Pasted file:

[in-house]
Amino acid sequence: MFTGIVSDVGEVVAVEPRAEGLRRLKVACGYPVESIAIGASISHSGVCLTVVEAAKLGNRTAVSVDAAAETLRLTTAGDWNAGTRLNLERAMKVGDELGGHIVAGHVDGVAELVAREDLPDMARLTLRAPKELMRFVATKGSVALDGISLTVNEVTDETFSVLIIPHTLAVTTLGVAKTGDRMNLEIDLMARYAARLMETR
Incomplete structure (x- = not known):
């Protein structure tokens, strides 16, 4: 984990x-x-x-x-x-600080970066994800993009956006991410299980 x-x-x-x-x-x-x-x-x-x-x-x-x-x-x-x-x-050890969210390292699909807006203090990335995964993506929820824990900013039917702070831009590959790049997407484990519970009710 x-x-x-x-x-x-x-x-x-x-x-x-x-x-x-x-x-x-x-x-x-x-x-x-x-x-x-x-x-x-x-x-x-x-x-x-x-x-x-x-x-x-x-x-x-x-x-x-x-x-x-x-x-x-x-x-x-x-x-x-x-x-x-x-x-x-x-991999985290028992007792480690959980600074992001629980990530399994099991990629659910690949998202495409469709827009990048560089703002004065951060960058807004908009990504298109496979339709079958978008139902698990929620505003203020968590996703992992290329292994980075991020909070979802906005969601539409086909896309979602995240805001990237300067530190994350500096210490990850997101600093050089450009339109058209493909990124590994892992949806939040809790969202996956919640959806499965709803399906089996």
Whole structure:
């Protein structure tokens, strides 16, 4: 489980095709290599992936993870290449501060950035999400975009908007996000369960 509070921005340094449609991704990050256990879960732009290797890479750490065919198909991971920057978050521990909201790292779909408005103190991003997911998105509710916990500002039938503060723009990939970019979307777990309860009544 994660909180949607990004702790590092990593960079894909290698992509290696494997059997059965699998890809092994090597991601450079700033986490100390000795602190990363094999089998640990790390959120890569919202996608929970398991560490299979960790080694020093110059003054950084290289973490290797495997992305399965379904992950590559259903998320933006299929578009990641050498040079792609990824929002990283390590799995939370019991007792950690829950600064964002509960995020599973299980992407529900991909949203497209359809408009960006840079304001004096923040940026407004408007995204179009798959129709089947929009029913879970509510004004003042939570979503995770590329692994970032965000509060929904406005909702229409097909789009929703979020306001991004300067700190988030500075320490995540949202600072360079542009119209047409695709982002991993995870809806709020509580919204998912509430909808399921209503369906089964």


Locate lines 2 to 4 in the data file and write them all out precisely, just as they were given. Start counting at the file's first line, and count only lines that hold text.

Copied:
Amino acid sequence: MFTGIVSDVGEVVAVEPRAEGLRRLKVACGYPVESIAIGASISHSGVCLTVVEAAKLGNRTAVSVDAAAETLRLTTAGDWNAGTRLNLERAMKVGDELGGHIVAGHVDGVAELVAREDLPDMARLTLRAPKELMRFVATKGSVALDGISLTVNEVTDETFSVLIIPHTLAVTTLGVAKTGDRMNLEIDLMARYAARLMETR
Incomplete structure (x- = not known):
């Protein structure tokens, strides 16, 4: 984990x-x-x-x-x-600080970066994800993009956006991410299980 x-x-x-x-x-x-x-x-x-x-x-x-x-x-x-x-x-050890969210390292699909807006203090990335995964993506929820824990900013039917702070831009590959790049997407484990519970009710 x-x-x-x-x-x-x-x-x-x-x-x-x-x-x-x-x-x-x-x-x-x-x-x-x-x-x-x-x-x-x-x-x-x-x-x-x-x-x-x-x-x-x-x-x-x-x-x-x-x-x-x-x-x-x-x-x-x-x-x-x-x-x-x-x-x-x-991999985290028992007792480690959980600074992001629980990530399994099991990629659910690949998202495409469709827009990048560089703002004065951060960058807004908009990504298109496979339709079958978008139902698990929620505003203020968590996703992992290329292994980075991020909070979802906005969601539409086909896309979602995240805001990237300067530190994350500096210490990850997101600093050089450009339109058209493909990124590994892992949806939040809790969202996956919640959806499965709803399906089996």